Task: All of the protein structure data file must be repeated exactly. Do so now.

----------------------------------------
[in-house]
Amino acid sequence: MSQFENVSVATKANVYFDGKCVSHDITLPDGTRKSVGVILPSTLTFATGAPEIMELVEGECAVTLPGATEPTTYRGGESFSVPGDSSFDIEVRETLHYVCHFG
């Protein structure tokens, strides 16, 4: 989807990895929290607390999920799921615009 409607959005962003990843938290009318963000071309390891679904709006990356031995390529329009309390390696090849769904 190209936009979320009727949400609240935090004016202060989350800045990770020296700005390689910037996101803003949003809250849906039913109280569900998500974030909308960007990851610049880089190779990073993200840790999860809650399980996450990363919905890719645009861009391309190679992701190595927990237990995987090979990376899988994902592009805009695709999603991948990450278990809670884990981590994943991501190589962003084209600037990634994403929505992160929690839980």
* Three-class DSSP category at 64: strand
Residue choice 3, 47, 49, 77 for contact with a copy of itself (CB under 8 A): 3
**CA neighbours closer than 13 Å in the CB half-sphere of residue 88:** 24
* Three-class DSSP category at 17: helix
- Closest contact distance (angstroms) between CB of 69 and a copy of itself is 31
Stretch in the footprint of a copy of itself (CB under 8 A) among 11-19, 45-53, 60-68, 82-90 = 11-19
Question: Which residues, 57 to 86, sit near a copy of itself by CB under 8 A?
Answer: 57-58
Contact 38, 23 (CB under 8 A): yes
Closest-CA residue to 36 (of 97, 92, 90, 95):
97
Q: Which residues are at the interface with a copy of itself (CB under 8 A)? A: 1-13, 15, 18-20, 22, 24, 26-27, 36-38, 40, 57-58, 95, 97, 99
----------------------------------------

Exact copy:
[in-house]
Amino acid sequence: MSQFENVSVATKANVYFDGKCVSHDITLPDGTRKSVGVILPSTLTFATGAPEIMELVEGECAVTLPGATEPTTYRGGESFSVPGDSSFDIEVRETLHYVCHFG
């Protein structure tokens, strides 16, 4: 989807990895929290607390999920799921615009 409607959005962003990843938290009318963000071309390891679904709006990356031995390529329009309390390696090849769904 190209936009979320009727949400609240935090004016202060989350800045990770020296700005390689910037996101803003949003809250849906039913109280569900998500974030909308960007990851610049880089190779990073993200840790999860809650399980996450990363919905890719645009861009391309190679992701190595927990237990995987090979990376899988994902592009805009695709999603991948990450278990809670884990981590994943991501190589962003084209600037990634994403929505992160929690839980």
* Three-class DSSP category at 64: strand
Residue choice 3, 47, 49, 77 for contact with a copy of itself (CB under 8 A): 3
**CA neighbours closer than 13 Å in the CB half-sphere of residue 88:** 24
* Three-class DSSP category at 17: helix
- Closest contact distance (angstroms) between CB of 69 and a copy of itself is 31
Stretch in the footprint of a copy of itself (CB under 8 A) among 11-19, 45-53, 60-68, 82-90 = 11-19
Question: Which residues, 57 to 86, sit near a copy of itself by CB under 8 A?
Answer: 57-58
Contact 38, 23 (CB under 8 A): yes
Closest-CA residue to 36 (of 97, 92, 90, 95):
97
Q: Which residues are at the interface with a copy of itself (CB under 8 A)? A: 1-13, 15, 18-20, 22, 24, 26-27, 36-38, 40, 57-58, 95, 97, 99